An emotion with no name.

Life is a beautiful, complex, sometimes painful and often marvelous creature that more often than not is indescribable when at it’s most poignant.  So when I found this excerpt from ‘The Eyes of the Soul’ by Hugh Brockman Ripman in the latest issue of Parabola magazine that nearly perfectly describes my internal reaction to said poignancy, I knew I had to record and share it.

Feelings of like nature were sometimes produced by impressions reaching him through eye or ear- a sunset or a symphony, the flash of a bird’s wing against the blue of the sky, the voice of a mother crooning to her child.  At times for a whole week he would be filled by this sense of expectancy, of being on the verge of revelation.  At such times all his senses were unusually sharp, as though stripped of a covering which normally muffled them, and he felt an emotion to which he could give no name.  It was a kind of pleasant melancholy, painfully intense under the stimulus of certain impressions, as though he were a musical instrument, the strings of which lay in his heart and were plucked, and in the pain of the plucking was born the beauty of the note.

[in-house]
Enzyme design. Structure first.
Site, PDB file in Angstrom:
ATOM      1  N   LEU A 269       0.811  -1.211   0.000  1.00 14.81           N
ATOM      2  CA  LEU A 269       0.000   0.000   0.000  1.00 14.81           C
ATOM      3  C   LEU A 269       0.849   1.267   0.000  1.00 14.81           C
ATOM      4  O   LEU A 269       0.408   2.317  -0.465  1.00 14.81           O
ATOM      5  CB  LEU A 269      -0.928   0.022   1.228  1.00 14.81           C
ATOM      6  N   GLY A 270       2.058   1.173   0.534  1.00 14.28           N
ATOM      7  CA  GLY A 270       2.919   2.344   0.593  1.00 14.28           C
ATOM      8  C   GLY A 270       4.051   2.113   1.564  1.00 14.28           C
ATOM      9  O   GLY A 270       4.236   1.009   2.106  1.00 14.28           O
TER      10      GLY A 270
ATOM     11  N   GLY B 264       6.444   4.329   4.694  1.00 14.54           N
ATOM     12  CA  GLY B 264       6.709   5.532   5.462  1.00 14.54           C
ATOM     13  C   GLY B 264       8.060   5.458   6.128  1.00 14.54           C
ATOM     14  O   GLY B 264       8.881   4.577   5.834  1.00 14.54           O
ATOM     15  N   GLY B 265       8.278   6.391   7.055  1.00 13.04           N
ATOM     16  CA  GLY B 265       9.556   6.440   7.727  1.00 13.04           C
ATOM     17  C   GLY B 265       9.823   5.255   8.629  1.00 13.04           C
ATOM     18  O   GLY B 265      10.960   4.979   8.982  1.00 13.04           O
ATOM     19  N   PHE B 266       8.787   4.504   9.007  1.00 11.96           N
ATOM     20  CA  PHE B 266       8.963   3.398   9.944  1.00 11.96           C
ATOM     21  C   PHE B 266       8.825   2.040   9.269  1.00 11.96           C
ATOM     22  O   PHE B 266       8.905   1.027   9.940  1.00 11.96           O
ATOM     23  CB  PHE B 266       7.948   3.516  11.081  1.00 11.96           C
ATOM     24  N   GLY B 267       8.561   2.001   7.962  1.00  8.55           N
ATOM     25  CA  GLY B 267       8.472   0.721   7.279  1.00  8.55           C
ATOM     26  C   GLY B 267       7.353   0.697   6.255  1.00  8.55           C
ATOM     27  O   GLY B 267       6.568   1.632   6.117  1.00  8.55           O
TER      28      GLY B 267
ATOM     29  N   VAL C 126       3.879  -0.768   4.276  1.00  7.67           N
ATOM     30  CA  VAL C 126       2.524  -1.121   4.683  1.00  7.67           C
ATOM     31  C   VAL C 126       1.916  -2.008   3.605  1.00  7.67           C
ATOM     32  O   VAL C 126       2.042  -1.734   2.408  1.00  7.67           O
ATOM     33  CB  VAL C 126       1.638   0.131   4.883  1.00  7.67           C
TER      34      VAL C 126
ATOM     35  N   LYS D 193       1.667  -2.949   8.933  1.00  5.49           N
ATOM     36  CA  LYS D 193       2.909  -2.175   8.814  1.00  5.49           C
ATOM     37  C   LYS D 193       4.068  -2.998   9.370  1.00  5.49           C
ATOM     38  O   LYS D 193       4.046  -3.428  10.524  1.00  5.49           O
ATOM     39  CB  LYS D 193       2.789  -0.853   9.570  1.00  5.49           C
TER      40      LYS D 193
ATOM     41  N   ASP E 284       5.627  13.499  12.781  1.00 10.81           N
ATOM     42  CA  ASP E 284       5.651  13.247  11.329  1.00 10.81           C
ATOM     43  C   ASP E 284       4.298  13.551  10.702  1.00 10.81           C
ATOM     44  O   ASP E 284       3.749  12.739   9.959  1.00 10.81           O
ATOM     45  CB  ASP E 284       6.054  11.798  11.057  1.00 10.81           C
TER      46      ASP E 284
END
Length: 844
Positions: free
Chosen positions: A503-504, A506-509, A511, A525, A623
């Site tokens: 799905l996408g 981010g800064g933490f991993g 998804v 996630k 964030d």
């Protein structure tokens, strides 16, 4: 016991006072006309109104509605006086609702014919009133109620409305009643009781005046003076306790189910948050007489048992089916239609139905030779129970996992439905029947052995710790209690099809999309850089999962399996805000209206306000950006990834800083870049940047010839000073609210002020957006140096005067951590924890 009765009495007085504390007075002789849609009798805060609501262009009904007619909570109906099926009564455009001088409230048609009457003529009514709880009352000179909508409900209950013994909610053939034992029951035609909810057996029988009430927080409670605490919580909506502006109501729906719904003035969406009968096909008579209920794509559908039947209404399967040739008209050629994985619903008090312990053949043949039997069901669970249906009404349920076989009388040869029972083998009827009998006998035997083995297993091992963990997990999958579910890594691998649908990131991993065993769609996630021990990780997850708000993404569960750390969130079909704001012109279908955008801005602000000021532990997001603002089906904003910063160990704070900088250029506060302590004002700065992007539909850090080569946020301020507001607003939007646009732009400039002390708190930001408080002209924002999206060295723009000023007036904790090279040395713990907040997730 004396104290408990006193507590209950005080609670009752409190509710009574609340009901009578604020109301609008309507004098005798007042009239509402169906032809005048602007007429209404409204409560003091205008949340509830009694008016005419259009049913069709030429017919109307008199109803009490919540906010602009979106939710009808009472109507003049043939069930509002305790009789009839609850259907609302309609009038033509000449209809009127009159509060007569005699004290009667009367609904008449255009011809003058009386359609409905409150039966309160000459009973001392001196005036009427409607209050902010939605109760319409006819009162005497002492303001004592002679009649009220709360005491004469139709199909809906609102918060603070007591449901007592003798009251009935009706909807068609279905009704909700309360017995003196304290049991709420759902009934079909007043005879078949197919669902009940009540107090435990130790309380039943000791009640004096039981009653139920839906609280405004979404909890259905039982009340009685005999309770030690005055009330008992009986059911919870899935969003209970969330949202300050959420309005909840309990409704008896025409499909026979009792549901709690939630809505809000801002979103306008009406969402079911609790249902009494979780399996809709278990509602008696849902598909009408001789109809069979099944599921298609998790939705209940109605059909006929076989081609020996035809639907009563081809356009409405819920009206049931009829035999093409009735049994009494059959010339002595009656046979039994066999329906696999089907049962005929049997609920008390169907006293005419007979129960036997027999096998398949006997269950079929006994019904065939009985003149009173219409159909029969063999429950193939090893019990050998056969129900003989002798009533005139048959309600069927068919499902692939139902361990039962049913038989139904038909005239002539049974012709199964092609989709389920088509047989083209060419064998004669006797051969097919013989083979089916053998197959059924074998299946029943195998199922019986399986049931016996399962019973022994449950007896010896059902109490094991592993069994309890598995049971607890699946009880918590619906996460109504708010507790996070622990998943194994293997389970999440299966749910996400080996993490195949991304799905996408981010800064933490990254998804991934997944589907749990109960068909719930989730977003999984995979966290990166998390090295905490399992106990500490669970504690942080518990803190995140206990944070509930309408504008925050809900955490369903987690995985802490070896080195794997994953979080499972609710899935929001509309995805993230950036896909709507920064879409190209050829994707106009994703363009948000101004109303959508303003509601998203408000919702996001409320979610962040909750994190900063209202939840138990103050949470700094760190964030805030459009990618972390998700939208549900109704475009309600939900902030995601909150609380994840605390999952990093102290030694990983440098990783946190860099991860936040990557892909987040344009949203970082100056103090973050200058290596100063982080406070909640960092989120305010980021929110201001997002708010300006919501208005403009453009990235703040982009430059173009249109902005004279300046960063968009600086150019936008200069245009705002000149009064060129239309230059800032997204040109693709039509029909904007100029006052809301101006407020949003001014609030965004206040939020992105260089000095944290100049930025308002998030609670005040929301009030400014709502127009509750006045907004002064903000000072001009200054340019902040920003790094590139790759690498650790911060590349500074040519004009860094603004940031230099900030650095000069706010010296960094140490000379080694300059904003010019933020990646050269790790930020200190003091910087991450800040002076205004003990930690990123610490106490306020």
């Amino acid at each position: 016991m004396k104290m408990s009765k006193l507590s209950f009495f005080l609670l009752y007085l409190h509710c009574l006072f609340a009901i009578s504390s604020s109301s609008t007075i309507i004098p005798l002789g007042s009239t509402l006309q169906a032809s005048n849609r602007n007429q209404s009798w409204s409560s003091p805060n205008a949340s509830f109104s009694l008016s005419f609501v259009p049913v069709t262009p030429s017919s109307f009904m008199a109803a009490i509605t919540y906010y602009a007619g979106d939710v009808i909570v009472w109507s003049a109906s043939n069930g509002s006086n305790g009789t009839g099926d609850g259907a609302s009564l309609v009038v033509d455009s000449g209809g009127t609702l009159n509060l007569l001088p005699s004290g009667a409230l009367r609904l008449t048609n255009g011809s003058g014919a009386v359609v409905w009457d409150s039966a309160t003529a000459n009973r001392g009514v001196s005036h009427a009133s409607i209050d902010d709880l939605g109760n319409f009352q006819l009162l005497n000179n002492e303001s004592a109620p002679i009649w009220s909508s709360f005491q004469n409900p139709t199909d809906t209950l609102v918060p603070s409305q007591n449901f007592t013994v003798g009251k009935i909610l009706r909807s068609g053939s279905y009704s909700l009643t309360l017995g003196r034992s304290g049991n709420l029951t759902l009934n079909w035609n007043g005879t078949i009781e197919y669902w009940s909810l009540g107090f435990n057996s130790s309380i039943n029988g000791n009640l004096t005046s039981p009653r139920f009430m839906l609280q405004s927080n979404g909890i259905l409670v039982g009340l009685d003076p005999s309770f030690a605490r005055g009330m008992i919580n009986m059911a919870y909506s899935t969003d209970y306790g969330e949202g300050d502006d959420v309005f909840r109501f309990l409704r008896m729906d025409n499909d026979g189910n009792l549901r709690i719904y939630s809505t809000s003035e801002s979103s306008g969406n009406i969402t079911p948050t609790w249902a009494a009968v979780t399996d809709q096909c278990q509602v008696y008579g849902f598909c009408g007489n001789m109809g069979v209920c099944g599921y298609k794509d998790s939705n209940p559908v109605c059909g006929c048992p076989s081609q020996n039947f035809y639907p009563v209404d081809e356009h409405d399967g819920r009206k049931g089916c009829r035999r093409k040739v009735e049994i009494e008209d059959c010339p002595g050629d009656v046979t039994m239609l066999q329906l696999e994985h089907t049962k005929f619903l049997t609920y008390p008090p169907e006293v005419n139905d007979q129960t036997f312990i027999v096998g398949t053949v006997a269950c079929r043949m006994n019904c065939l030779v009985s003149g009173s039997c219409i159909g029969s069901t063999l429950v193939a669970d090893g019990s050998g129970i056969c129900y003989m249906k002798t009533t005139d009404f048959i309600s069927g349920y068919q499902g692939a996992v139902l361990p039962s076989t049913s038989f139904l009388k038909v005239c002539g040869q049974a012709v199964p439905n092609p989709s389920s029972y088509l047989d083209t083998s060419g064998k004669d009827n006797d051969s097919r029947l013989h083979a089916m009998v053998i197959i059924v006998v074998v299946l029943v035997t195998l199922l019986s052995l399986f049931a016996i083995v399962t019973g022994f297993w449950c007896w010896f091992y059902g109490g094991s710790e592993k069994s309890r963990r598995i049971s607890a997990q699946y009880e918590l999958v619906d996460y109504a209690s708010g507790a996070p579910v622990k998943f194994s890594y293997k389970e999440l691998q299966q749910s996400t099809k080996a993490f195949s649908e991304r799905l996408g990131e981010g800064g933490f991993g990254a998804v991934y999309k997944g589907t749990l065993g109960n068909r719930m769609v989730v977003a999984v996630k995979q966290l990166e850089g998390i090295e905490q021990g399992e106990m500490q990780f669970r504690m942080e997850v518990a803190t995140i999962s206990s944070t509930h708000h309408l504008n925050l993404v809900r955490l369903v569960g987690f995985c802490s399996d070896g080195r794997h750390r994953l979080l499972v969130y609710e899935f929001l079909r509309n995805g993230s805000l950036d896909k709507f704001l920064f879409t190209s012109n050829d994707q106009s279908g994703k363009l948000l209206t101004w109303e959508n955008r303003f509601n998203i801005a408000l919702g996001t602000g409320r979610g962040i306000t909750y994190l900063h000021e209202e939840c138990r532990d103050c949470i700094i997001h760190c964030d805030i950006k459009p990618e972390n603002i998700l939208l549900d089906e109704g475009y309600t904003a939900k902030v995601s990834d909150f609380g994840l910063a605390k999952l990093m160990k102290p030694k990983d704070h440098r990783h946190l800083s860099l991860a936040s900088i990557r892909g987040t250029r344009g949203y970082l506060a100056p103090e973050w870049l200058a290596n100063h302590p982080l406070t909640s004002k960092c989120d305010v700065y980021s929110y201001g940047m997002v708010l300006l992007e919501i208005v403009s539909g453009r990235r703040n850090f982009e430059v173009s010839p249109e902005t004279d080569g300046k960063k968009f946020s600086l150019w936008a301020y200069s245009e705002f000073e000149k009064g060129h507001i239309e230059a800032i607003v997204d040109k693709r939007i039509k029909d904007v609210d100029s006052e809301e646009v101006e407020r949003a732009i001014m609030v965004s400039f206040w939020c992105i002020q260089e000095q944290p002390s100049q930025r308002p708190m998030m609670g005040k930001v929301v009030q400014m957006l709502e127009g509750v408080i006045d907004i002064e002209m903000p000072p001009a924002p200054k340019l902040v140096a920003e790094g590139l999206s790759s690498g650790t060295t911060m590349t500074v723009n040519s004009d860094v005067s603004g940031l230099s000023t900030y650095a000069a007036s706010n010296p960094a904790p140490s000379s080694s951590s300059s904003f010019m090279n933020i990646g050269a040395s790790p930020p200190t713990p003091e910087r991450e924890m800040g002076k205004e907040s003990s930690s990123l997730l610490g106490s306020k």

Blessed be the beauty and pain, friends, family and strangers, dusk and sunrise, and the glorious sensory overload that is October.

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